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Dark chocolate boosts athletic performance and endurance

Dark chocolate has quickly earned a reputation as a superfood with vast human health benefits. Scientists continue to reveal the vast benefits of dark chocolate, including supporting cardiovascular health, providing powerful antioxidants to combat free radical damage, and enhancing brain function. On April 19, 2016, scientists at London’s Kingston University announced an impressive reason for athletes to also celebrate and eat dark chocolate — eating it enhances athletic performance and endurance.

Dark chocolate (chocolate with 70% or more cacao content) is highly nutritious, providing such valuable nutrients as fiber, fatty acids, iron, magnesium, copper, and manganese. In addition, dark chocolate is loaded with antioxidants like polyphenols, flavanols, and catechins; and combats free radicals better than other superfoods such as acai berries.(1)

Now, the caveat is dark chocolate is also high in calories — a whopping 600 calories per 100 grams — and contains about six teaspoons of sugar in the same serving, so only small amounts should be consumed on a regular basis. A reasonable daily amount to consume may be 30 to 50 g daily, aiming for 85% cacao content.

Evidence demonstrates that dark chocolate relaxes the arteries to allow blood to flow more freely and mildly lowers blood pressure.(2) In addition, dark chocolate favorably affects cholesterol levels—decreasing LDL cholesterol and oxidized cholesterol while simultaneously increasing HDL cholesterol.(3) These two benefits may contribute to an overall decrease in cardiovascular disease risk. Indeed, research suggests eating dark chocolate most days of the week decreases the risk of cardiovascular disease by 57%.(4)

Adding to the mounting body of evidence that dark chocolate is a beneficial superfood, scientists at London’s Kingston University suggest that dark chocolate may give athletes and weekend warriors an edge to achieve their fitness goals. The team of researchers led by Rishikesh Kanesh Patel sought to investigate whether epicatechin — a flavanol found in dark chocolate known to increase nitric oxide production in the body — could enhance athletic performance similarly to beetroot juice.

Beet root juice contains nitrates that the body converts to nitric oxide. Nitric oxide dilates the blood vessels and reduces the consumption of oxygen, allowing athletes to work harder and longer. The benefits of increased nitric oxide production particularly improve endurance.

The study authors evaluated the physical fitness of nine amateur cyclists at the beginning of the study. The nine cyclists were divided into two groups. The first group consumed 40 grams of dark chocolate daily for two weeks, whereas the control group consumed 40 grams of white chocolate instead. White chocolate has a much lower cocoa content and therefore fewer epicatechins.

At the end of the two weeks, the cyclists’ physical fitness — heart rate and oxygen consumption — were measured during moderate exercise and time trials. After a seven-day break, the two groups swapped chocolate types and the two-week trial and physical fitness performance measures were repeated.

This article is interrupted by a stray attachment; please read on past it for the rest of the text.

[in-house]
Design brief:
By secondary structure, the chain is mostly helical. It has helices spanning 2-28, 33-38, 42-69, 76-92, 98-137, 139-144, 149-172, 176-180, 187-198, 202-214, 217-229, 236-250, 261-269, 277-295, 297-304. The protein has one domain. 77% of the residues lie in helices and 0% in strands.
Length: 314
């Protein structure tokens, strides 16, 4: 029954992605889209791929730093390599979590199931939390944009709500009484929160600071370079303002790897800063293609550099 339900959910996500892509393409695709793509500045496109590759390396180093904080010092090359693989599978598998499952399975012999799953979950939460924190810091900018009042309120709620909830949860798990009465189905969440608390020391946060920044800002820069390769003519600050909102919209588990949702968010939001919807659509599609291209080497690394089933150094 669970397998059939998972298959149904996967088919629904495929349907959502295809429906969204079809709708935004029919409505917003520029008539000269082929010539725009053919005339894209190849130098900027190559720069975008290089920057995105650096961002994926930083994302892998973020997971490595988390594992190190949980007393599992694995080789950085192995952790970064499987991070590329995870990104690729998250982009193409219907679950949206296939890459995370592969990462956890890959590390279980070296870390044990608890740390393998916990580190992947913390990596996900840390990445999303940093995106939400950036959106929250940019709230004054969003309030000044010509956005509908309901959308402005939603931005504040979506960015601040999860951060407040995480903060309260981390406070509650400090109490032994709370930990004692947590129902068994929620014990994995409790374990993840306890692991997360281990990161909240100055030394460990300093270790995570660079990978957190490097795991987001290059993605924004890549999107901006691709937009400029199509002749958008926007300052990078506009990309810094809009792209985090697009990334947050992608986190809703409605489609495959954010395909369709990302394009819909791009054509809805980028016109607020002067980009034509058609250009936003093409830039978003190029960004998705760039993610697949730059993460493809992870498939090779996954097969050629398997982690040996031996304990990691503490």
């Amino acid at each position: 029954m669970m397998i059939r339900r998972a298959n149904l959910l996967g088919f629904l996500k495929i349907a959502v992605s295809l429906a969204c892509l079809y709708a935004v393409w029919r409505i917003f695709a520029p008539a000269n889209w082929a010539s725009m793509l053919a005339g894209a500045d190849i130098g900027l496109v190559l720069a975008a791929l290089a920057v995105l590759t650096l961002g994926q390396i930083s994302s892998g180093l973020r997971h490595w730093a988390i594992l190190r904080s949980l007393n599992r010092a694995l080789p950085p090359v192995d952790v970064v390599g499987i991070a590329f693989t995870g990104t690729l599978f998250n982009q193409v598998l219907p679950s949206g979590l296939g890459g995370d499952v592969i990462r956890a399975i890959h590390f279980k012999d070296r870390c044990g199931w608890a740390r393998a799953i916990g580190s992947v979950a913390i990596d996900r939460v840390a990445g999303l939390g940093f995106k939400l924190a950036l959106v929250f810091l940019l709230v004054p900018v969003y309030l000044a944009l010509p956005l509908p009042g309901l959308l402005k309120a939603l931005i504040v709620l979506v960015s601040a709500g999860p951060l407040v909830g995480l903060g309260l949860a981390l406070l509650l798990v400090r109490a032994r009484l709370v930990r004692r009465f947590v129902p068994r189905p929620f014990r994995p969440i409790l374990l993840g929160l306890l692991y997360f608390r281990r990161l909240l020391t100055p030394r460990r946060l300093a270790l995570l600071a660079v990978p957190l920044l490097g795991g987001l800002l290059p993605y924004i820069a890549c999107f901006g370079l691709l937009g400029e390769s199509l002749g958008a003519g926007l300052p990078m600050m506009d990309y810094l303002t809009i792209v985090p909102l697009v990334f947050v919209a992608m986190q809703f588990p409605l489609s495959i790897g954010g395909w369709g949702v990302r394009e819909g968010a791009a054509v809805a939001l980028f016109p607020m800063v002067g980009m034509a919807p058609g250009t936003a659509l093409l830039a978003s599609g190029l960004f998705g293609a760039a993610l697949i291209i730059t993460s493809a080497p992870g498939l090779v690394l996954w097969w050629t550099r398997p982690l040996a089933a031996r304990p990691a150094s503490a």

What the researchers found was that when the groups consumed dark chocolate they had better overall physical fitness. The cyclists’ who consumed dark chocolate used less oxygen and were able to cover more distance during the time trials.

The study requires further larger and controlled studies to confirm the findings but suggests that eating 40 grams of dark chocolate daily could boost athletic performance — particularly among endurance athletes. Mr. Patel is currently conducting further research as part of his doctoral thesis and plans to test dark chocolate against beetroot juice as part of a comparative study.

(1) Crozier SJ, Preston AG, Hurst JW, et al. Cacao seeds are a “Super Fruit”: A comparative analysis of various fruit powders and products. Chem Cent J. 2011 Feb 7;5:5.

(2) Sudarma V, Sukmaniah S, Siregar P. Effect of dark chocolate on nitric oxide serum levels and blood pressure in prehypertension subjects. Acta Med Indones. 2011 Oct;43(4):224-8.

(3) Baba S, Natsume M, Yasuda A, et al. Plasma LDL and HDL Cholesterol and Oxidized LDL Concentrations Are Altered in Normo- and Hypercholesterolemic Humans after Intake of Different Levels of Cocoa Powder. J Nutr. 2007 Jun;137(6):1436-41.

(4) Djousse L, Hopkins PN, North KE, et al. Chocolate Consumption is Inversely Associated with Prevalent Coronary Heart Disease: The National Heart, Lung, and Blood Institute Family Heart Study. Clin Nutr. 2011 Apr;30(2):182–87.

Bloated portions bloat American’s waistlines

When was the last time you had a reasonably portioned meal at a restaurant? Food portions at restaurants these days seem to be intended to serve more than one. Some portion sizes have doubled and even tripled at American restaurants over the last 20 years leading to excess calorie consumption. And these distorted portion sizes are a significant contributor to the growing overweight and obesity epidemic in America.

According to the National, Heart, Lung, and Blood Institute Obesity Education Initiative, in just over 20 years the average size bagel has more than doubled in size and calories. Likewise, your average plate of spaghetti and meatballs doubled in size and calories, now providing a whopping 1,025 calories per serving. During that same time period, soda servings have increased from an average of 6.5 ounces and 85 calories to 20 ounces and 250 calories. Is it any wonder that American’s waistlines are expanding as these bloated portions become the expectation for your typical meal?